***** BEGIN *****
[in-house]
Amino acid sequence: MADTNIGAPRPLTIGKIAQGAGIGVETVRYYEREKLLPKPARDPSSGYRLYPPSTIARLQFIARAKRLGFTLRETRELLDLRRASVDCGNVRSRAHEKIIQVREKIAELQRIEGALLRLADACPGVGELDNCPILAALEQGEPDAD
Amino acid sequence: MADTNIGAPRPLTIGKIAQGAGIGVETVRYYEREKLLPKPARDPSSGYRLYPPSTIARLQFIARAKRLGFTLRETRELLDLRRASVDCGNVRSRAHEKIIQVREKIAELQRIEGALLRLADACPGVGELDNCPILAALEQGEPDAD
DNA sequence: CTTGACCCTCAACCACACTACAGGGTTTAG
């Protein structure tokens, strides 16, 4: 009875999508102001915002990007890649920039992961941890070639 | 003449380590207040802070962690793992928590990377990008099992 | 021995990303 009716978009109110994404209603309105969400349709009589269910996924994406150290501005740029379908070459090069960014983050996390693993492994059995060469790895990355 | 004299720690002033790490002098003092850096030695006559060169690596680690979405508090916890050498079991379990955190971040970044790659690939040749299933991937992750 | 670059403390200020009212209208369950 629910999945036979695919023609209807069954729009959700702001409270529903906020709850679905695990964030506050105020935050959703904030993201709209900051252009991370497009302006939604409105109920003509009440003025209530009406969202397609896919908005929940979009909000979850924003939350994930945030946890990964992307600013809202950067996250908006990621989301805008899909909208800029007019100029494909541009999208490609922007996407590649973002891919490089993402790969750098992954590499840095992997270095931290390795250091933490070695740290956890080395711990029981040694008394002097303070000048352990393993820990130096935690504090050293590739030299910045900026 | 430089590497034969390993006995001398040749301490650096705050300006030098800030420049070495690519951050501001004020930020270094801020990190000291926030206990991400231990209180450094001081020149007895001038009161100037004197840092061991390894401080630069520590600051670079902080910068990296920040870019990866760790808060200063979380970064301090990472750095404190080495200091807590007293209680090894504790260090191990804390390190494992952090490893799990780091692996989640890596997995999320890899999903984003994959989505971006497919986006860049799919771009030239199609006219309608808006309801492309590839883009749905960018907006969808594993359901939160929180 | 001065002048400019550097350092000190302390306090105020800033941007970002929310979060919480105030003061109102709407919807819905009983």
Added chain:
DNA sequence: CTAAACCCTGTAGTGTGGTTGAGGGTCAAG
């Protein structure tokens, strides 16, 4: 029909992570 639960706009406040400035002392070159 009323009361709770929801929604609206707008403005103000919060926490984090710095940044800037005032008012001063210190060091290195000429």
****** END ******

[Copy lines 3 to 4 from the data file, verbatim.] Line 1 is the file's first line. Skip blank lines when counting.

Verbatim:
Amino acid sequence: MADTNIGAPRPLTIGKIAQGAGIGVETVRYYEREKLLPKPARDPSSGYRLYPPSTIARLQFIARAKRLGFTLRETRELLDLRRASVDCGNVRSRAHEKIIQVREKIAELQRIEGALLRLADACPGVGELDNCPILAALEQGEPDAD
DNA sequence: CTTGACCCTCAACCACACTACAGGGTTTAG